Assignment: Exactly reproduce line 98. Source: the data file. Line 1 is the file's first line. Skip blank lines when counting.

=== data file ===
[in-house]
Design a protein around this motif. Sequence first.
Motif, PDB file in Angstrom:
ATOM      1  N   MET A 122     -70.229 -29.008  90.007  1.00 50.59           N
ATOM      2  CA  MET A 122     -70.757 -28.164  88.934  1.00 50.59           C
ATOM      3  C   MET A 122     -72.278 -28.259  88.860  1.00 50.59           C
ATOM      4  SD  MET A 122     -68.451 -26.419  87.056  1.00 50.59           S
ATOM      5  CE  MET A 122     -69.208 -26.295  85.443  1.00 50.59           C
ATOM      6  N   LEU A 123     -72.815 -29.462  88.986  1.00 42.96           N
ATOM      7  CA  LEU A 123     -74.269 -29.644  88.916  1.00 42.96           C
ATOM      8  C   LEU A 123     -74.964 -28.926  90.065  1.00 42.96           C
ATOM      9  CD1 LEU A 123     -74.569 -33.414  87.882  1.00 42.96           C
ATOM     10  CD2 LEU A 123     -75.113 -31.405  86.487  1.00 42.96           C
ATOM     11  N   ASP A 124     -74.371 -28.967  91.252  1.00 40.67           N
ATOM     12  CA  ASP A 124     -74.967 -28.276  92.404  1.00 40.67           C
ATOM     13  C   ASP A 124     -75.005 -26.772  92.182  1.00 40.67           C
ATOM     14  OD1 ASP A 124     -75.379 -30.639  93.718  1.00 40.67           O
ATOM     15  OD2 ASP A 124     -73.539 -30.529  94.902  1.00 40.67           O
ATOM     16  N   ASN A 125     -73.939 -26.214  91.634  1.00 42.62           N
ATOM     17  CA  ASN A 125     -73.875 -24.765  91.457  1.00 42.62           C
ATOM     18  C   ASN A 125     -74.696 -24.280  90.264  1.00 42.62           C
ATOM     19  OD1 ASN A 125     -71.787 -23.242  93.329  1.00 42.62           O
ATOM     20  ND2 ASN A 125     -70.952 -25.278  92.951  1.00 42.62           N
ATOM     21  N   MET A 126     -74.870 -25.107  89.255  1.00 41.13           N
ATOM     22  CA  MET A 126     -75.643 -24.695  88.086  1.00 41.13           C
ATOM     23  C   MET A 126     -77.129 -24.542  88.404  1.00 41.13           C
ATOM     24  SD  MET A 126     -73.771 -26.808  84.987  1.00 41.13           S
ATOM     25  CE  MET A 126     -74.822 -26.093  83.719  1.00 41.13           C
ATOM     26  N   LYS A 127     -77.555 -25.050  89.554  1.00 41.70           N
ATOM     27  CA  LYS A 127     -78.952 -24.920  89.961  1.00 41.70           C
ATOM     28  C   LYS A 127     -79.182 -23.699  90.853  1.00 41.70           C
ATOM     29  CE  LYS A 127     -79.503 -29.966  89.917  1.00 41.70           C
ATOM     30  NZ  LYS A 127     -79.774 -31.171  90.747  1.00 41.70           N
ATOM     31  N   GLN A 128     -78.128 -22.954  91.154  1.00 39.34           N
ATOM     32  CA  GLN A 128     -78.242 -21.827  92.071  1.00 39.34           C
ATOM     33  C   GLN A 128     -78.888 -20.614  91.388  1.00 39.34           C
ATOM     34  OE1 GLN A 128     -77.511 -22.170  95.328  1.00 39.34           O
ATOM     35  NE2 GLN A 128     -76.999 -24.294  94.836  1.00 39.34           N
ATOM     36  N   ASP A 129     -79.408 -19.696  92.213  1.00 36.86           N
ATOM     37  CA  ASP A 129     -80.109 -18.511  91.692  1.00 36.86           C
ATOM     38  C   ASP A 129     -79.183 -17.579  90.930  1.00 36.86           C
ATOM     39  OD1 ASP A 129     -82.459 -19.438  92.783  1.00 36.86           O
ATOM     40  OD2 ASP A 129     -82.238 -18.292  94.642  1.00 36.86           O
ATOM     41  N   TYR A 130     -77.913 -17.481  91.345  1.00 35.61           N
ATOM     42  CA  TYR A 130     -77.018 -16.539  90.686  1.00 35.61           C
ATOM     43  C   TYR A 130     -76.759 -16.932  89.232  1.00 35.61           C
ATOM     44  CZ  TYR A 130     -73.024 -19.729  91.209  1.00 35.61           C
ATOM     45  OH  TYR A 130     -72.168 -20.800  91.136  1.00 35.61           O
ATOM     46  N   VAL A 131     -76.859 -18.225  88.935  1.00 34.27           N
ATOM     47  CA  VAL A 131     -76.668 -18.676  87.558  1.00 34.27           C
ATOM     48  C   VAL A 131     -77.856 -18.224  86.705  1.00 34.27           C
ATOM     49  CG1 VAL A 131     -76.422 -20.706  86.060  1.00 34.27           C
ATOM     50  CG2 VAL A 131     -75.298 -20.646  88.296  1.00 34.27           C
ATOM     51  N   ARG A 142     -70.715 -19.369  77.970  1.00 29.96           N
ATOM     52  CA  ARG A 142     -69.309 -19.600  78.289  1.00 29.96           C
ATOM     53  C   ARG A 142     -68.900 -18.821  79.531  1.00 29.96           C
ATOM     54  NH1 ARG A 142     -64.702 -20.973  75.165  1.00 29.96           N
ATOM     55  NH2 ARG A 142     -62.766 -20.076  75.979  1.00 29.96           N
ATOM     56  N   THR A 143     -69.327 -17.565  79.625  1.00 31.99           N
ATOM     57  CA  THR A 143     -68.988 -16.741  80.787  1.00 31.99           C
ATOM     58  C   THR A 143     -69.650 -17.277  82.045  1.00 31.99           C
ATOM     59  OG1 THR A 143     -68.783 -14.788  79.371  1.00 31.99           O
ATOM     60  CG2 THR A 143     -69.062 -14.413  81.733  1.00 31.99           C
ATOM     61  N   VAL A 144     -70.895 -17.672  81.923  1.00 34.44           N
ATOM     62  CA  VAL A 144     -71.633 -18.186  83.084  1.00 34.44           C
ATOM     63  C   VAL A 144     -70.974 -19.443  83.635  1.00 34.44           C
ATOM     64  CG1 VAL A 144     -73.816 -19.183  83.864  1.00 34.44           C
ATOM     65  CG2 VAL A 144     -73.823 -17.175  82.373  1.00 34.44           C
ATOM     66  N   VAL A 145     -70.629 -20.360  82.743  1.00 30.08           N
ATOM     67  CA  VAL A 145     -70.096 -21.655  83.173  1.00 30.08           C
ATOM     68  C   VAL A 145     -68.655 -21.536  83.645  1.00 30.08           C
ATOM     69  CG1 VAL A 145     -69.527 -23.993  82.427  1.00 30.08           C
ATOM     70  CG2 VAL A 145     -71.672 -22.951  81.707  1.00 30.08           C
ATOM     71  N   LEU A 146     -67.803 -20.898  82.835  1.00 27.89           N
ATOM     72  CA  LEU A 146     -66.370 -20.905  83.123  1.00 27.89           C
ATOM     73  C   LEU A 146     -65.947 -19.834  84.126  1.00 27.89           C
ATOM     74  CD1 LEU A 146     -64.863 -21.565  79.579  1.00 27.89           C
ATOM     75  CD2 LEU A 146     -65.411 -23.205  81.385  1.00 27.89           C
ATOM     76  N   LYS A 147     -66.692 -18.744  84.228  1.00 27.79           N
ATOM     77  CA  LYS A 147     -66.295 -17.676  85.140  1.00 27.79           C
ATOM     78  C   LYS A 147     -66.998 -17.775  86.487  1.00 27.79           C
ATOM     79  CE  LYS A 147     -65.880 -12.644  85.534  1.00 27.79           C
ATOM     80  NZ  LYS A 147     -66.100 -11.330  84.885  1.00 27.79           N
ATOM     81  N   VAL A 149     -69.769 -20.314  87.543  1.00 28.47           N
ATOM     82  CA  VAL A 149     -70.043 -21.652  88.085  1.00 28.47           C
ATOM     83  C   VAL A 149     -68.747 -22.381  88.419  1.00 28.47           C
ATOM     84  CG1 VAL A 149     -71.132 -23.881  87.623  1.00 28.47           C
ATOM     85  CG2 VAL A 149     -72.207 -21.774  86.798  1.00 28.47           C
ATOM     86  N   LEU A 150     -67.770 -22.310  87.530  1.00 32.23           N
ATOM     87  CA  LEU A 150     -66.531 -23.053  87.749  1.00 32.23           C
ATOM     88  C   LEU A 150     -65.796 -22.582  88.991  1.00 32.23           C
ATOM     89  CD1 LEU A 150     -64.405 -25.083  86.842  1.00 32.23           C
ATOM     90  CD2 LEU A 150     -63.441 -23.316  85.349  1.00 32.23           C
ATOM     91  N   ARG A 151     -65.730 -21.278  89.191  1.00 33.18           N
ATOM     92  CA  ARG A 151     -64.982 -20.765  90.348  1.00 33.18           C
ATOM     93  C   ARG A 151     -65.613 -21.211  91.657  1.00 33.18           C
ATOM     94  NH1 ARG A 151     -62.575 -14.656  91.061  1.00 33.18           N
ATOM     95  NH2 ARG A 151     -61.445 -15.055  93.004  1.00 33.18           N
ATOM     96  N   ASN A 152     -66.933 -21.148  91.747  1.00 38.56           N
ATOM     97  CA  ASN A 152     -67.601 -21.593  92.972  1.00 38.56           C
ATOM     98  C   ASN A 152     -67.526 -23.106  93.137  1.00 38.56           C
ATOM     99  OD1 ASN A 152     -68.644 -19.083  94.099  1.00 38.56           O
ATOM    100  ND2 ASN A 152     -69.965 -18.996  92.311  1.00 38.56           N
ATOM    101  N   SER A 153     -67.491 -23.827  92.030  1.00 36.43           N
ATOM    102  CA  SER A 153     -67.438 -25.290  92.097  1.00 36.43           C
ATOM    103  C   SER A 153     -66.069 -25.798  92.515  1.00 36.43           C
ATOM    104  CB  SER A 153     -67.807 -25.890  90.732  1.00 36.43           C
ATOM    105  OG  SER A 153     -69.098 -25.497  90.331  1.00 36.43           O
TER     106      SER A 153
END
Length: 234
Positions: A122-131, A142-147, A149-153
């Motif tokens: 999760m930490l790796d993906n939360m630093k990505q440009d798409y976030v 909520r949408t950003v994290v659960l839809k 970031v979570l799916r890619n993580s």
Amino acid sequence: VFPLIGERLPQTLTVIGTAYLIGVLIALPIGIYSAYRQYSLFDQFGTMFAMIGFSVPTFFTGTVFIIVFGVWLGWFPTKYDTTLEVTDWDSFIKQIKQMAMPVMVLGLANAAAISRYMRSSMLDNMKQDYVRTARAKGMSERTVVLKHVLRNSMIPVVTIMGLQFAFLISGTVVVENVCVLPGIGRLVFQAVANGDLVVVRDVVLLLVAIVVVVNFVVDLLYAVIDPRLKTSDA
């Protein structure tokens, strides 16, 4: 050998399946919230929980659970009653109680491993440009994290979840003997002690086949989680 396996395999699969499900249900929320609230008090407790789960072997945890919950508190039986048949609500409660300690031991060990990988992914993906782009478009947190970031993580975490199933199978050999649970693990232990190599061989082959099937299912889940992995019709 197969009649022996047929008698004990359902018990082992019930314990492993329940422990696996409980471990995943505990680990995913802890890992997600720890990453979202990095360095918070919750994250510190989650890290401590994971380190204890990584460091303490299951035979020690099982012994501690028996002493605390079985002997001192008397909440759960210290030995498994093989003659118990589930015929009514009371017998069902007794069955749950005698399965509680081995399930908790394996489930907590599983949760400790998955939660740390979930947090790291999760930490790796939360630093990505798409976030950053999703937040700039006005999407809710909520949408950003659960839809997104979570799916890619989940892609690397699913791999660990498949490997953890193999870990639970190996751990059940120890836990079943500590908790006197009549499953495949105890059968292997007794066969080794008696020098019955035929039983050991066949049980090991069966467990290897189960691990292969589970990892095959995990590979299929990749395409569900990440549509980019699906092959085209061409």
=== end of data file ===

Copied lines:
ATOM     95  NH2 ARG A 151     -61.445 -15.055  93.004  1.00 33.18           N